life and times of a species

We are by nature very self-centered. At every stage in our lives, we look at those younger than us as being ‘young’. And those who are older than us are ‘old’. People from other countries, or other cultures, are ‘alien’. But we’re okay, we’re ‘normal’.

When relating to the animal world, I myself have a special regard for butterflies and frogs. Both of them have two incarnations, and I can very well identify with them. I have a feeling that we too have more than one incarnation, so to speak. The butterfly starts out as a worm, and the frog as a pollywog. Anthropology has always fascinated me because of both the similarities and the differences between people around the world.

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I remember reading an article many years ago about the life of species. I don’t remember who it was that wrote it, and don’t remember the name of the article. But what impressed me then, was that some researchers had found a type of snail that had lived slightly off shore of a Greek island, and they were able to evaluate the age of the shells by carbon dating. They came to the conclusion that they had before them the history of that species; from when it was a very young species till it had grown old, and was nearing extinction. As the species became more mature, the form of the shell became more beautiful. But at a much later stage, some of the round areas became more angular. The species was getting decadent.

This same process is seen in individual people, and in societies… and in nations. Sometimes it evokes sadness. More often contempt. Life at the height of its development, has contempt for weakness… but even in decadence we often see ourselves as superior to others, more aware… more connected to the truth. It takes a rare wisdom to be aware of the world as a whole; to leave our egocentric point of view and start searching for the wonders outside of ourselves.

Why do it? Because we are connected to all of the world, and the more we learn, the more we understand the world around us, the richer this life of ours becomes.

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60 responses to “life and times of a species

  1. Beautiful, I agree and also enjoyed what you shared with us, dear Shimon. Thank you, have a nice weekend, love, nia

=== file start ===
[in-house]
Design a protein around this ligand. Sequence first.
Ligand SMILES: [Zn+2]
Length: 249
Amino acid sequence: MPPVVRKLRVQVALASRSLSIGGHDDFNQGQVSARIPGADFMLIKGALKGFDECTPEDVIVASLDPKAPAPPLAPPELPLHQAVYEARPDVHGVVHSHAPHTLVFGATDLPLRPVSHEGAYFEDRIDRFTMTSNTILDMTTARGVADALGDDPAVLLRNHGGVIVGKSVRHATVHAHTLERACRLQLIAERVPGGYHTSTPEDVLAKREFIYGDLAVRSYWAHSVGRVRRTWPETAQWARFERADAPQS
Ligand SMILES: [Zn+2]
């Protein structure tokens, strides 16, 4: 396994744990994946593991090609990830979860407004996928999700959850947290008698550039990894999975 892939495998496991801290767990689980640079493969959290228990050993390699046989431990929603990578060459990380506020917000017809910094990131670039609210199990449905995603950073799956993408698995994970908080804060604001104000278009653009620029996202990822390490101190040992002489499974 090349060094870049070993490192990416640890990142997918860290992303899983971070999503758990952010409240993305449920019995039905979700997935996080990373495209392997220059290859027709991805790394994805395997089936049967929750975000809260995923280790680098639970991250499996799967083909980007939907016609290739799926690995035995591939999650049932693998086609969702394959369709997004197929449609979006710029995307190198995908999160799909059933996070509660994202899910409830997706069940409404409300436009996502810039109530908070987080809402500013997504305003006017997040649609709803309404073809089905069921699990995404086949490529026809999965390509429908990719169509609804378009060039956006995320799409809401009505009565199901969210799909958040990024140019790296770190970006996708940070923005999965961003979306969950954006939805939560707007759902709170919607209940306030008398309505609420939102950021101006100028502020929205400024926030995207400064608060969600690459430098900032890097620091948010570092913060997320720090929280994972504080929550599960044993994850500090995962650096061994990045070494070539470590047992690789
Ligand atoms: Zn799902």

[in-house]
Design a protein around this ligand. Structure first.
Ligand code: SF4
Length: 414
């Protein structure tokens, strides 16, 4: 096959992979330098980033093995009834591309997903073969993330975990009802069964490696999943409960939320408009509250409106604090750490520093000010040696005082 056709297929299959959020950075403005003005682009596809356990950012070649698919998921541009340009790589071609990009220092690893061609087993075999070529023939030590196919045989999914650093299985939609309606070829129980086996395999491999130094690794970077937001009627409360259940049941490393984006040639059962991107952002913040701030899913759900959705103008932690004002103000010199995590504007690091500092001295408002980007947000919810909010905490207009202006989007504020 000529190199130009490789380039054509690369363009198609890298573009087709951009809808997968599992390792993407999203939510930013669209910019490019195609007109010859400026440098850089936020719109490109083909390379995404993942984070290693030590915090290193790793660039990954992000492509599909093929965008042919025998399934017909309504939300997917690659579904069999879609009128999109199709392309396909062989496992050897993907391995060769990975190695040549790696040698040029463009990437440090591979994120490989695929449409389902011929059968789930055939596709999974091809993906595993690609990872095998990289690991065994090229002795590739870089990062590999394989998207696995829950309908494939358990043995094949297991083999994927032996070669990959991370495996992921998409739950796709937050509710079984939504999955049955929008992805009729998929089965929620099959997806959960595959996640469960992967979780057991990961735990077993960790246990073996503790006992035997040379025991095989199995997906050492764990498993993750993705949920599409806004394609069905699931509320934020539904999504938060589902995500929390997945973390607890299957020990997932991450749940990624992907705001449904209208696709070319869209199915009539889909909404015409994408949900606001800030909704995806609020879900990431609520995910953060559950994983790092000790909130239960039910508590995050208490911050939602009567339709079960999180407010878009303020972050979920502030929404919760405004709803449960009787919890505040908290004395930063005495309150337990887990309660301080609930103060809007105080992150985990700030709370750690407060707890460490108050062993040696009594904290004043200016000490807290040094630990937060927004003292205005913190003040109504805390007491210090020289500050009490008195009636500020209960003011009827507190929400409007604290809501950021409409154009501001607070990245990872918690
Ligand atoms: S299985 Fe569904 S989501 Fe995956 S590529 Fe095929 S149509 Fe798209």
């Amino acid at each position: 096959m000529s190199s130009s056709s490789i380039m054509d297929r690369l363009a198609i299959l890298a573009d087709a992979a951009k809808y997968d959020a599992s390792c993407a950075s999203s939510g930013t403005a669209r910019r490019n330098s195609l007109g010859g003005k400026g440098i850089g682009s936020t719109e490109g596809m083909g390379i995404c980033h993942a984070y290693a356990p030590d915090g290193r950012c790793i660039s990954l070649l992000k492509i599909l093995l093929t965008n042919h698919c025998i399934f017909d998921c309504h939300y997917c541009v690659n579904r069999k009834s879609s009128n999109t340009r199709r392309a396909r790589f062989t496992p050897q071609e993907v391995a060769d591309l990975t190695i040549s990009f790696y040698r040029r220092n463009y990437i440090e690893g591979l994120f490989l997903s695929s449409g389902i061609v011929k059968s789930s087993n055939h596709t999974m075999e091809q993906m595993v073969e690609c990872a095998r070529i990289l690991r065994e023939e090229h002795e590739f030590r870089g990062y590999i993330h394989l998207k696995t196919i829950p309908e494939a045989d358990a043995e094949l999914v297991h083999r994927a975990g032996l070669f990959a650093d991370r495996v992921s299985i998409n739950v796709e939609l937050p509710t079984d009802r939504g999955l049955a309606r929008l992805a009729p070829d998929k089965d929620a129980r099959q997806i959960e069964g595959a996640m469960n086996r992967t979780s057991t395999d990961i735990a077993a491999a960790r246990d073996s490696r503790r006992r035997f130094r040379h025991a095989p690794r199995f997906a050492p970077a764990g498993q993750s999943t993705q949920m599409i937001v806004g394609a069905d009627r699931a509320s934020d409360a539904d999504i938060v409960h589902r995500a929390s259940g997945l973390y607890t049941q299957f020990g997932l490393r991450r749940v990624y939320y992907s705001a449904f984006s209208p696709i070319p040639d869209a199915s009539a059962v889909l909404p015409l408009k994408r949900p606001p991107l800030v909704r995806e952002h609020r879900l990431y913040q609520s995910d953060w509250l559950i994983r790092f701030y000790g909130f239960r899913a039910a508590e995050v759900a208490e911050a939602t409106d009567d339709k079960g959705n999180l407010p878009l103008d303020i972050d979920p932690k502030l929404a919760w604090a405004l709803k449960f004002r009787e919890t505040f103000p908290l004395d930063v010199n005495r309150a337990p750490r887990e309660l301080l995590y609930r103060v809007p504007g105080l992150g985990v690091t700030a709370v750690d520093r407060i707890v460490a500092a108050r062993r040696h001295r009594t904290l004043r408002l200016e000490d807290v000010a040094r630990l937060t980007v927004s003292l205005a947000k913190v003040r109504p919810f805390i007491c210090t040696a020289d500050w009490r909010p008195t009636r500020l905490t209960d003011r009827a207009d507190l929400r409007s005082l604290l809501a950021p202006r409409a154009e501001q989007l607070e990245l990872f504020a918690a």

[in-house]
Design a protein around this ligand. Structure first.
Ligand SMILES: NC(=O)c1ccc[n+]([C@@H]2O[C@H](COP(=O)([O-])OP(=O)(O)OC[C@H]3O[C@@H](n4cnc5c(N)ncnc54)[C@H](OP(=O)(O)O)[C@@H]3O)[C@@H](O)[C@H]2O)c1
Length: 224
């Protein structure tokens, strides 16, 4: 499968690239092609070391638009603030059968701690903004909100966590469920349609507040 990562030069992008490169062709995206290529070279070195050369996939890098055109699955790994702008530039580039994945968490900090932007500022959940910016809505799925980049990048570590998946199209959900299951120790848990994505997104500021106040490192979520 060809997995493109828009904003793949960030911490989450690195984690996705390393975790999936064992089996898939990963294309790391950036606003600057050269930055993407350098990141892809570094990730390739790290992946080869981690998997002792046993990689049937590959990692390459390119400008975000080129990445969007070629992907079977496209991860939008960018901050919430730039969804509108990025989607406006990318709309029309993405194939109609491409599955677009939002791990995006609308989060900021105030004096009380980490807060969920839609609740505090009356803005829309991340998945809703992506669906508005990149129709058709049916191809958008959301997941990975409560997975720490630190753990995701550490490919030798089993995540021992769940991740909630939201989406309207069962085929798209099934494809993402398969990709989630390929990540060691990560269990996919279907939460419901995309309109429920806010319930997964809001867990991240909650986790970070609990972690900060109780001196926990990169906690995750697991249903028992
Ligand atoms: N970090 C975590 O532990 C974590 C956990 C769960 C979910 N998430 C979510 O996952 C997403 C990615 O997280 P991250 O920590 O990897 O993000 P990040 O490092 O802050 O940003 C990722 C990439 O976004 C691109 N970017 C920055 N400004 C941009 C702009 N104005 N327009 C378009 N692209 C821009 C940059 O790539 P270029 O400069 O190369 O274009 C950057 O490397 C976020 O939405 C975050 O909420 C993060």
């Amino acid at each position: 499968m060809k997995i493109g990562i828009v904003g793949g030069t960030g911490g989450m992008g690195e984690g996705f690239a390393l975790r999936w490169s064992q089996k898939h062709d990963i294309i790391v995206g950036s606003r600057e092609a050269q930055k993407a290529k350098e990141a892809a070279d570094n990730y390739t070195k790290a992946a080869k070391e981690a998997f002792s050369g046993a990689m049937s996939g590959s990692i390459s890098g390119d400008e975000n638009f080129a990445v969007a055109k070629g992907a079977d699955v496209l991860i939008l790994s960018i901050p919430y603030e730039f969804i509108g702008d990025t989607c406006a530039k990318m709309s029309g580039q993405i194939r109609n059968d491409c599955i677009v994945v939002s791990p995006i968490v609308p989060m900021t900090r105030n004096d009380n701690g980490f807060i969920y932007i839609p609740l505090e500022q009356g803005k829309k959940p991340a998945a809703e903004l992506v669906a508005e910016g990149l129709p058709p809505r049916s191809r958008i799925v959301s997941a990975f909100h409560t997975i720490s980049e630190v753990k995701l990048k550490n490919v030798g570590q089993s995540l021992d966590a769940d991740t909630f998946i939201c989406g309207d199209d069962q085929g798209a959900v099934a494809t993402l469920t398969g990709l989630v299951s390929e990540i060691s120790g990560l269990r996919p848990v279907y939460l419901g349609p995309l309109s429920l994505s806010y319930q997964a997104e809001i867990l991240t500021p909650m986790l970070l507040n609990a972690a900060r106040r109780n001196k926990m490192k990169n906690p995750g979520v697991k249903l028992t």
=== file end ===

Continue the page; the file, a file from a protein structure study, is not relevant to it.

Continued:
2. What a wonderful post – and yes I to believe that we experience more than one incarnation in this lifetime. Thank you so much for starting this day off on such a positive and beautiful footing. Janet. xx

    • Yes, Janet… You’re a great example of just what I like to think about in that realm. From the stock exchange to art… Moving through worlds… and geographically as well, on both sides of the pond. Some folks would think it fantasy. But we know, there are so many possibilities out there. Why, there are even real hummingbirds in this world. xxx

  3. Splendid, Shimon. ‘Only Connect’ as E M Forster subtitled Howard’s End. And if we don’t try to connect with other people and life forms, how impoverished our life would be. I love the story of the decadent shell. A state of becoming overwrought, or over-reaching until one becomes redundant. That’s a fascinating thought. There is just so much to learn. Every day there is something new to discover. What a great gift is that. Happy weekend to you.

  4. A civilization becomes decadent; is our’s becoming so?

    • I would be the last to say so, Peter, because I’m hoping for just the opposite. And in my lifetime, I have seen some great beginnings. A lot of people are pessimistic. When the TV became popular, it was thought that westerners would all turn into couch potatoes. Now there are those who think the cell phone is going to burn our ears off. I’m an optimist. I feel we’re still going through our infancy, and adulthood lies ahead.

  5. Very nicely put – such an interesting analogy.

  6. a rather short post from you, Shimon, but spot on, as always. Have a wonderful weekend.

    • Thanks very much, Loisa. There are some subjects… that no matter how much I’d say… there would be more… but the idea keeps us thinking. Wishing you too a beautiful week.

  7. …thank you for reflecting on this, Shimon. The Name reveals what we do know. Thinking this is too little, we search and search and say our little ‘Ahahs!’ and behave as if we are the masters of our own domain. But we still don’t know two things: where we came from, and where we we will end up. That alone demands humility.

    • Yes Lance, when we are young, we want to change the world. When we reach maturity, we try to learn how we fit in… what matters… and who else is here… and as we continue to grow, we are grateful for all we’ve been given. There is more than we’ll ever fully understand. Thanks for your comment.